Yoon Jeonghan


Os alunos cujos nomes estão supracitados deverão fazer uma self-para em modalidade de carta, explicando minunciosamente seu paradeiro no dia do assassinato de Bae Minki (quinta feira, 15 de Julho).



Folks, we’re SUPER excited to unveil our first update for exclusive pilot content!  We wanted to start it off with some of our background (incidental) characters!  Just a few of the residents you will find taking up space in the Gulch.  You’ll see em hanging in the saloon, hiding under a tree, or hobbling from shoppe to shoppe.  Our idea was to do our take on various myths but also create new ones.  Part 1, more to come!  Enjoy and thank you for your ongoing support!
Ten things I learned about writing from Stephen King
The novelist James Smythe, who has been analysing the work of Stephen King for the Guardian since 2012, on the lessons he has drawn from the master of horror fiction
By James Smythe

Stephen King is an All-Time Great, arguably one of the most popular novelists the world has ever seen. And there’s a good chance that he’s inspired more people to start writing than any other living writer. So, as the Guardian and King’s UK publisher Hodder launch a short story competition – to be judged by the master himself – here are the ten most important lessons to learn from his work.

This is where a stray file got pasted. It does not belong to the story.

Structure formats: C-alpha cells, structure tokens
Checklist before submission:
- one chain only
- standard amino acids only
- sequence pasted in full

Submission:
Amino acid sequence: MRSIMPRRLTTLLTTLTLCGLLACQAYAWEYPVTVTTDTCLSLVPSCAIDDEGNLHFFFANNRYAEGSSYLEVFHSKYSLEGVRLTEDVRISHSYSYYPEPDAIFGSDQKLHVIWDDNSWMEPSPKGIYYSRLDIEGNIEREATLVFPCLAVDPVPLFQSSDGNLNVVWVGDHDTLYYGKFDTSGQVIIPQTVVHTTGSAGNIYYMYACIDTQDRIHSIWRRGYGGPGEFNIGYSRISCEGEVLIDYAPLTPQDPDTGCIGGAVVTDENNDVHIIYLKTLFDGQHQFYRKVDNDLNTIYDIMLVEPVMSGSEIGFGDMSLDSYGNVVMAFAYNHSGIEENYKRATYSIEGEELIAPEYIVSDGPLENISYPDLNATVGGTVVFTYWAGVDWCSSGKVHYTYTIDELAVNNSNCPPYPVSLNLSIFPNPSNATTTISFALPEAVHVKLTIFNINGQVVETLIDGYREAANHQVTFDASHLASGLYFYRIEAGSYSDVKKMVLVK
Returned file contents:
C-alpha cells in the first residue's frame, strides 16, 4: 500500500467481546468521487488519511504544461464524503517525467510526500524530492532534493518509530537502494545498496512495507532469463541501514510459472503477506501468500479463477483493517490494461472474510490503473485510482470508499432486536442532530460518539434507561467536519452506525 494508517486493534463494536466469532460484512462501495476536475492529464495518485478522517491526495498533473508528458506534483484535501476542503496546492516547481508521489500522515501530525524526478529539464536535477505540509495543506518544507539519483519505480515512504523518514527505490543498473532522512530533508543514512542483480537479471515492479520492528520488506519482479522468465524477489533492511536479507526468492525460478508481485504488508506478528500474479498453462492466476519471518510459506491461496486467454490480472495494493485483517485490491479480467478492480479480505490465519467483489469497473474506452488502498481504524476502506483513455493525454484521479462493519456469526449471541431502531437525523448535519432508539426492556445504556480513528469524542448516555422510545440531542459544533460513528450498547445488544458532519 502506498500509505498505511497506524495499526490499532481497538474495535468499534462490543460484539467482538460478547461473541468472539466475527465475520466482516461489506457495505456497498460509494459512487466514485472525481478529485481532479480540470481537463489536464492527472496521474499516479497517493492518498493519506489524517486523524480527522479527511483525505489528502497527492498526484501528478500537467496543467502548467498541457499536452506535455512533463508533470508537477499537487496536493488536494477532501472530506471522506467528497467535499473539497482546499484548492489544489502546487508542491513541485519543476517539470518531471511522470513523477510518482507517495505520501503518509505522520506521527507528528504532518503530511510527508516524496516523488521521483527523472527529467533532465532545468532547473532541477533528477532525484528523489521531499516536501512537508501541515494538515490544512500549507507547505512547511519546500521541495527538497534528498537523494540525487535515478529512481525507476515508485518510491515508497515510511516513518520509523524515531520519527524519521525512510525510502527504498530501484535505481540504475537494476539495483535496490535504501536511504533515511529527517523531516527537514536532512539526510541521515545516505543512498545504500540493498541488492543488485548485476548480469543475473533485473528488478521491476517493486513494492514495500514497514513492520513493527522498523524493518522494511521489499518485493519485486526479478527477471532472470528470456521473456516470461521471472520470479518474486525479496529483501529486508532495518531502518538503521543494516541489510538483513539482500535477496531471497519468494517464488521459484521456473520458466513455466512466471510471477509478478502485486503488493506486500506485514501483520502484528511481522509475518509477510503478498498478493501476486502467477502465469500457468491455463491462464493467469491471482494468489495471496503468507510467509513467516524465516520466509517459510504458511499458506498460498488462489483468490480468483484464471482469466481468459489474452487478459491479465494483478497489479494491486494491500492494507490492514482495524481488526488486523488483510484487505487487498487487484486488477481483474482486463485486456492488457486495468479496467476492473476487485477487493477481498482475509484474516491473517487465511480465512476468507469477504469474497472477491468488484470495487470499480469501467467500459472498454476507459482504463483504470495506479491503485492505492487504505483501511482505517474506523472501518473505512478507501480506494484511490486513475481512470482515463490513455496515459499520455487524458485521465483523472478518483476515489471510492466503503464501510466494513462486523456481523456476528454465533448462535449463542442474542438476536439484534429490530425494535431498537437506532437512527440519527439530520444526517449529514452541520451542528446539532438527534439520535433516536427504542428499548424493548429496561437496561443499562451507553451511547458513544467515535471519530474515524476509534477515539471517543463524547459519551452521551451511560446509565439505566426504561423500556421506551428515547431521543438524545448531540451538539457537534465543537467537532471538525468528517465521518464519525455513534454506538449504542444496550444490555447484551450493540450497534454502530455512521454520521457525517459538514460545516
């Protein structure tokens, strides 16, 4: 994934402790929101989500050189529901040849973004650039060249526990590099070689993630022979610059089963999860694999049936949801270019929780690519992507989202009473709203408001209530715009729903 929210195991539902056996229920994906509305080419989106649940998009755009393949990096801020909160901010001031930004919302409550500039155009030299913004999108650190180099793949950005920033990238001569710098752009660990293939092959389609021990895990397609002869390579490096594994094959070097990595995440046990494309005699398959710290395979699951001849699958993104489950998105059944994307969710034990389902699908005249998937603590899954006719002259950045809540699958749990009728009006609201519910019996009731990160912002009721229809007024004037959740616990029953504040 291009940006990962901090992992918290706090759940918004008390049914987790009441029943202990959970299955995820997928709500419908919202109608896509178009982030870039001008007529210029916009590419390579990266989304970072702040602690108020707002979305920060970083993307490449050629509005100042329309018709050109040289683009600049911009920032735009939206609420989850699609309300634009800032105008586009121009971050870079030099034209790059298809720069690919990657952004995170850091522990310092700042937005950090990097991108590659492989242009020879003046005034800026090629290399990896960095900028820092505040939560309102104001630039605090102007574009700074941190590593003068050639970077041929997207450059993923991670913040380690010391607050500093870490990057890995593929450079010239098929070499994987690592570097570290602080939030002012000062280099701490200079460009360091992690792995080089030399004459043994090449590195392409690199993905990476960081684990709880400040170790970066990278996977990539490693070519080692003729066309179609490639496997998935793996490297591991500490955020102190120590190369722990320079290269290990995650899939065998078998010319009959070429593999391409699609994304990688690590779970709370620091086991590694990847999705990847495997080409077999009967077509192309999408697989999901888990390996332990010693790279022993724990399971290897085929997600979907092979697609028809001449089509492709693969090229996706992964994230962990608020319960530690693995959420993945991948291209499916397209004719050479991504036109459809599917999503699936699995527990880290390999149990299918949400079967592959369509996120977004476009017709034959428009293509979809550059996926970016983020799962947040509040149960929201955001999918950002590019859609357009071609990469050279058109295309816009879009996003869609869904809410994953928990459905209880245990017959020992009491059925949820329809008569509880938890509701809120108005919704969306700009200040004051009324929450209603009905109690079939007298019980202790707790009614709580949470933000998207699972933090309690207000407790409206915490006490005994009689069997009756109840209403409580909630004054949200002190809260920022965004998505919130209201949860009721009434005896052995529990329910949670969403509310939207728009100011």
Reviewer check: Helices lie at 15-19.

1. Write whatever the hell you like

King might be best known – or, rather, best regarded – as a writer of horror novels, but really, his back catalogue is crammed with every genre you can think of. There are thrillers (Misery, Gerald’s Game), literary novels (Bag Of Bones, Different Seasons), crime procedurals (Mr Mercedes), apocalypse narratives (The Stand), fantasy (Eyes Of The Dragon, The Dark Tower series) … He’s even written what I think of as being one of the greatest Young Adult novels of all time: The Long Walk. Perhaps the only genre or audience he hasn’t really touched so far is comedy, but most of his work features moments that show his deft touch with humour. It’s clear that King does what he wants, when he wants, and his constant readers – the term he calls his, well, constant readers – will follow him wherever he goes.